Both of my parents worked hard and took nothing from nobody. They believed, however, in well-funded social programs that lifted up the poor and they believed in a strong Middle Class. This idea was passed down to me and I believed that if you worked hard enough, that you could achieve whatever you wanted. If you presented yourself well and took steps to get your foot in the door, that you could make a happy and fair living. You needed to be respectable. “Respectable”, that sounded nice. You give respect and you get respect, it’s that simple… right?

            You want to know my reflection on FRINQ goals, and here’s what I reflect. When you inquire and think critically you’re delving into the works shown to you and applying it to the world around you. You are learning that the home you grew up in and the parents that raised you do not have all of the answers. You are thinking critically about what respectability is and realizing that what’s respectable to the ones in charge of our country is far from what is respectable to you. People can be kind and innocent and wonderful and hard working and still be shot because they were born with darker-than-peach skin and were at the wrong place at the wrong time. People can be kind and innocent and wonderful and hard working and still be denied a house because they were born with darker-than-peach skin. People, as well, can be a kind and innocent and wonderful hard working person and not get a job because you were born with darker-than-peach skin. When you inquire you feel overwhelmed by the truth of the matter, and you feel frustrated that your Toms shoes, and your Gap shirt, and your Victoria’s Secret Underwear, and your Anthropologie bag, and your H&M Cardigan, and your Forever 21 skirt have perpetuated these crimes against humanity and that it’s time for you to give up these luxuries in order to create a greater good.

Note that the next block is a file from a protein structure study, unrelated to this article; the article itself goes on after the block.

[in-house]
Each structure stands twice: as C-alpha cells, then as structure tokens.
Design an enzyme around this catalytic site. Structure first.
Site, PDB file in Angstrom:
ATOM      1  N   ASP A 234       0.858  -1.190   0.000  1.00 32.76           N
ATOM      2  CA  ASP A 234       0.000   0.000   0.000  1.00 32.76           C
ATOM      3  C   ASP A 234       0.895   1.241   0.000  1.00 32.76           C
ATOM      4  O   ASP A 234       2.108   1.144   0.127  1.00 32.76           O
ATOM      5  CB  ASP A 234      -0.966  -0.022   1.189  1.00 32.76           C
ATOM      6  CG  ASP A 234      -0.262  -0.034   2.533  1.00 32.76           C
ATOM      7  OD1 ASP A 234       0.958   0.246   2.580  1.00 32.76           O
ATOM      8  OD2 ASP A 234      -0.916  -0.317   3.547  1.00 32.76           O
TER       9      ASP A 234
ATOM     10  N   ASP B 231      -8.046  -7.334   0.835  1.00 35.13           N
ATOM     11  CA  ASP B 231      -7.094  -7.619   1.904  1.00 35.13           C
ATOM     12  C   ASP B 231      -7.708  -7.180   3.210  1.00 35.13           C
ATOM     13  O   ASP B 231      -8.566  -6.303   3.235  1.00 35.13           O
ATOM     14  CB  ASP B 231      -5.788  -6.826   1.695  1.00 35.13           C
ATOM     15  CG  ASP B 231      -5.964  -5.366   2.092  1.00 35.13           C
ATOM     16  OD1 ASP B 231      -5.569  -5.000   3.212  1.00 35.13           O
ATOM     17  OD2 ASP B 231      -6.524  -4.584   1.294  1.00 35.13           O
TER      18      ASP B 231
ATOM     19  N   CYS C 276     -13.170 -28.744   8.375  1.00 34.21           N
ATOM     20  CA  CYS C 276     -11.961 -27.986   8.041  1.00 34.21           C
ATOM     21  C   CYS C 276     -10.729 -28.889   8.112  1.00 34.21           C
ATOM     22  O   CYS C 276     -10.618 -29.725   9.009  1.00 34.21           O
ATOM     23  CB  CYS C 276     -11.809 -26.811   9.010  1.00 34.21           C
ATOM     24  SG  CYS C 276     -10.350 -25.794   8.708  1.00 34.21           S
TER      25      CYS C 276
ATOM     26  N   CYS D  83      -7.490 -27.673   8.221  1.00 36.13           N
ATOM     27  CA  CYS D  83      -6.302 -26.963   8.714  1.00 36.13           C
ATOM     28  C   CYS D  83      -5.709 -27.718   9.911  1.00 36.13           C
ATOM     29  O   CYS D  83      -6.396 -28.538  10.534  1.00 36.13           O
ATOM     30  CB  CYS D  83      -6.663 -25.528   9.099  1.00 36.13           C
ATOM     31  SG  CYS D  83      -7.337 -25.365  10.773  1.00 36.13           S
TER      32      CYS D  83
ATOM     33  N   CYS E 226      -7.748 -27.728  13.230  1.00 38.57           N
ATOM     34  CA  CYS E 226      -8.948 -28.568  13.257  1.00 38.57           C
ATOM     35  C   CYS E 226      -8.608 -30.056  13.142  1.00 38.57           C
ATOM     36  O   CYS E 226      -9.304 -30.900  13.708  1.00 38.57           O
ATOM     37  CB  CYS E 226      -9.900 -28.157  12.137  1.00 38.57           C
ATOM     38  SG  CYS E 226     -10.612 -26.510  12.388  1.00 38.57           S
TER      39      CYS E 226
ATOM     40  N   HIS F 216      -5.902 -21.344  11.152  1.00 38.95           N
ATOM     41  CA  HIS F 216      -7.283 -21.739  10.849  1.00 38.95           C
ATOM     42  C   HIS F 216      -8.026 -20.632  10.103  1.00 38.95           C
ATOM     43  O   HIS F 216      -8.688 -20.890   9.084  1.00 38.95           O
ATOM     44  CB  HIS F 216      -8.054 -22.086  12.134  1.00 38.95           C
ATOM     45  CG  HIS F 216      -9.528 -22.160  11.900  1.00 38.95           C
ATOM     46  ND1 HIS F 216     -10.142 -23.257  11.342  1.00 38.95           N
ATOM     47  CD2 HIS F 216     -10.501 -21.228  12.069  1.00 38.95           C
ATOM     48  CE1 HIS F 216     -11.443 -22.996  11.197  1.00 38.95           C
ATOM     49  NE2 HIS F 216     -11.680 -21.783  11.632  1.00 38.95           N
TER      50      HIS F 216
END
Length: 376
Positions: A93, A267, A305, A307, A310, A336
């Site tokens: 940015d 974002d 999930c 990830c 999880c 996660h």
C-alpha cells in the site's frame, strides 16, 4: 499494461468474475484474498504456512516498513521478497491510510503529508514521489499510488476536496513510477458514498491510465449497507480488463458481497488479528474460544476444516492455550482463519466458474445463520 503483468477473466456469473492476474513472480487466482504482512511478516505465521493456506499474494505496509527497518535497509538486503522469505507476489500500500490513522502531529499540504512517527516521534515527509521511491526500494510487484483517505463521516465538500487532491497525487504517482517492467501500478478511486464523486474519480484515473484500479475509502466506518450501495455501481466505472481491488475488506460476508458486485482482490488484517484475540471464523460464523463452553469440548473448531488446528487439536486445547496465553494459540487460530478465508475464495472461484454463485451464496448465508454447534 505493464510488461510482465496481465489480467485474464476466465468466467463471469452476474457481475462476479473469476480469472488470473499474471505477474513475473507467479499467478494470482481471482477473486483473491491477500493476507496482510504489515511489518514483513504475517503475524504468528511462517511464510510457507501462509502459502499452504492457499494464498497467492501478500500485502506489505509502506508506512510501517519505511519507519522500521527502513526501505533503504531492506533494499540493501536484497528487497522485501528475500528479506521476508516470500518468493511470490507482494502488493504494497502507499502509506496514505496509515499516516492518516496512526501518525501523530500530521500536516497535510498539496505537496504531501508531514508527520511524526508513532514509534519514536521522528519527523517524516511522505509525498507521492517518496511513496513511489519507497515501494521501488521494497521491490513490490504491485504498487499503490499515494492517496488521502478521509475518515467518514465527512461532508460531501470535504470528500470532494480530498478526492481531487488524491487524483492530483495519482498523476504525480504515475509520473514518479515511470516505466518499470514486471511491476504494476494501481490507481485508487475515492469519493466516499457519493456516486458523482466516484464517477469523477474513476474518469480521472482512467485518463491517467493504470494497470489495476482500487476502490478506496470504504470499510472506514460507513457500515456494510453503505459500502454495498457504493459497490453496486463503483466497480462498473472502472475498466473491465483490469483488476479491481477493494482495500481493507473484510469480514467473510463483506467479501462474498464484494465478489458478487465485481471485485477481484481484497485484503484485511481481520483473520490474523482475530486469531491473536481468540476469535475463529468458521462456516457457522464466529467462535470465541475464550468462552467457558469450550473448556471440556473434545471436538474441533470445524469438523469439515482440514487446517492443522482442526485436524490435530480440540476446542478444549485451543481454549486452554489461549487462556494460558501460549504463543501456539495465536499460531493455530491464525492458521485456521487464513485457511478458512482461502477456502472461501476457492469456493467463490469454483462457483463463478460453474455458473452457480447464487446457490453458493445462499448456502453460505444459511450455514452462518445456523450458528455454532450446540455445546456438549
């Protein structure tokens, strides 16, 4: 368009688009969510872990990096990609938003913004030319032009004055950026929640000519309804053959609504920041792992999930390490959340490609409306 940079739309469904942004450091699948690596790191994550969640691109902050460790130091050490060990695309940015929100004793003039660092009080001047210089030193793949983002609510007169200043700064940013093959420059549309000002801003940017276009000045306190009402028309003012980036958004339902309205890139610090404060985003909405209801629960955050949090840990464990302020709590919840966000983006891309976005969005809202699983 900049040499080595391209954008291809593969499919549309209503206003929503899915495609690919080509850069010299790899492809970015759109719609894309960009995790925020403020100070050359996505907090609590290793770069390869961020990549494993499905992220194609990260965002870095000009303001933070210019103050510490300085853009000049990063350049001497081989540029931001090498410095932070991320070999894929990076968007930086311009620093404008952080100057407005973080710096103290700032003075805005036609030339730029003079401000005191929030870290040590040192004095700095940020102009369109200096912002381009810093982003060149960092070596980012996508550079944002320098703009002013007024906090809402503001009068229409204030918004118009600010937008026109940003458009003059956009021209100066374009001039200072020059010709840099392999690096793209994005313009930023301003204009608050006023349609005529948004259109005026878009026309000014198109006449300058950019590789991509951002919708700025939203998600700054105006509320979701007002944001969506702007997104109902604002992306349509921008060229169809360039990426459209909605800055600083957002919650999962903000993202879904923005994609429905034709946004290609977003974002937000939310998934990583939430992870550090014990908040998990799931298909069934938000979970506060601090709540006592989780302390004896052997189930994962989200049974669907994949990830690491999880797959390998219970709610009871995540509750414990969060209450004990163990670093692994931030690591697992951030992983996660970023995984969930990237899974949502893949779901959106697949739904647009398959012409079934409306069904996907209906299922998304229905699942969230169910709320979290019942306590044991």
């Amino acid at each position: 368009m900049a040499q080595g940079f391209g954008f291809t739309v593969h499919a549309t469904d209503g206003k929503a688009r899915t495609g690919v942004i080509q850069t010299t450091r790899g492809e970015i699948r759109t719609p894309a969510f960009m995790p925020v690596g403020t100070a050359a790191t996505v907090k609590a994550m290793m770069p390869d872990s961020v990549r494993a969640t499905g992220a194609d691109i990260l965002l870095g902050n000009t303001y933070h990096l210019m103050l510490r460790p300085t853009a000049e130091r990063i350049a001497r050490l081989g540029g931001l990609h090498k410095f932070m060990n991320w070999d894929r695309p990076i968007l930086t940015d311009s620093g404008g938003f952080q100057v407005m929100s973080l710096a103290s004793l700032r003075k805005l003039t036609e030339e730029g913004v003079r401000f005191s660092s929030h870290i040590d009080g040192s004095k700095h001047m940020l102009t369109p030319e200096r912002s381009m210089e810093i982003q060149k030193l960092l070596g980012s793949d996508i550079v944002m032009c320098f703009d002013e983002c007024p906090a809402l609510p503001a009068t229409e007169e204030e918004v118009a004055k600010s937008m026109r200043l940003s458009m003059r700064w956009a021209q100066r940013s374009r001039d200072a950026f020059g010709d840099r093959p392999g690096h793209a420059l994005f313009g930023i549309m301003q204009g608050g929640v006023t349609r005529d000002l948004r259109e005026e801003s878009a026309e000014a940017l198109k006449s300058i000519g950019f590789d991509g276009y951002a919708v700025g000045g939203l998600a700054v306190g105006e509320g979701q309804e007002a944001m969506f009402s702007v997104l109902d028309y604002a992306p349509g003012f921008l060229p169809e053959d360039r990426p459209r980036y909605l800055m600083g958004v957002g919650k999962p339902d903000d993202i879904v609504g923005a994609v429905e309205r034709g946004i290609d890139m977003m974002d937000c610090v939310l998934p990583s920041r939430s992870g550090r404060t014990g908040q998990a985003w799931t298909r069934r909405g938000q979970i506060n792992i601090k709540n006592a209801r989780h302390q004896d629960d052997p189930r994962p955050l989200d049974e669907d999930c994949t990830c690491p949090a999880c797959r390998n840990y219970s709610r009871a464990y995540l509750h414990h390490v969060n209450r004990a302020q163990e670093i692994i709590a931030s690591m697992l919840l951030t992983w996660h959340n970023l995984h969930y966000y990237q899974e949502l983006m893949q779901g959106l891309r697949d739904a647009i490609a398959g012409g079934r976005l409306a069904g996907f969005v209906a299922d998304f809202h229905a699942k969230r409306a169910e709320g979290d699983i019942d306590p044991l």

`            When you communicate you realize that no one has the answers but a lot of people are trying. You’re writing papers and your formulating ideas and you’re sharing those ideas and you’re learning to expand. You’ve explored immigration and the struggles that occur when you are deported after you’ve started a life here from author Junot Diaz, you’ve explored what makes up masculinity and why we see rape culture and sexism every single day from Kimmel and Lorber, you unravel what it is to be a liberal and that being a liberal doesn’t necessarily make you any more enlightened than anyone else in the room, you learn about the true wealth distribution in our country and you bite your pen. You hear the perspectives of your classmates through a mock-symposium where everyone is acting in roles of different genders, different ethnicities, different sexualities, different ages, and different class-statuses. You feel the role you’re playing because you’re communicating something you’re finally comprehending.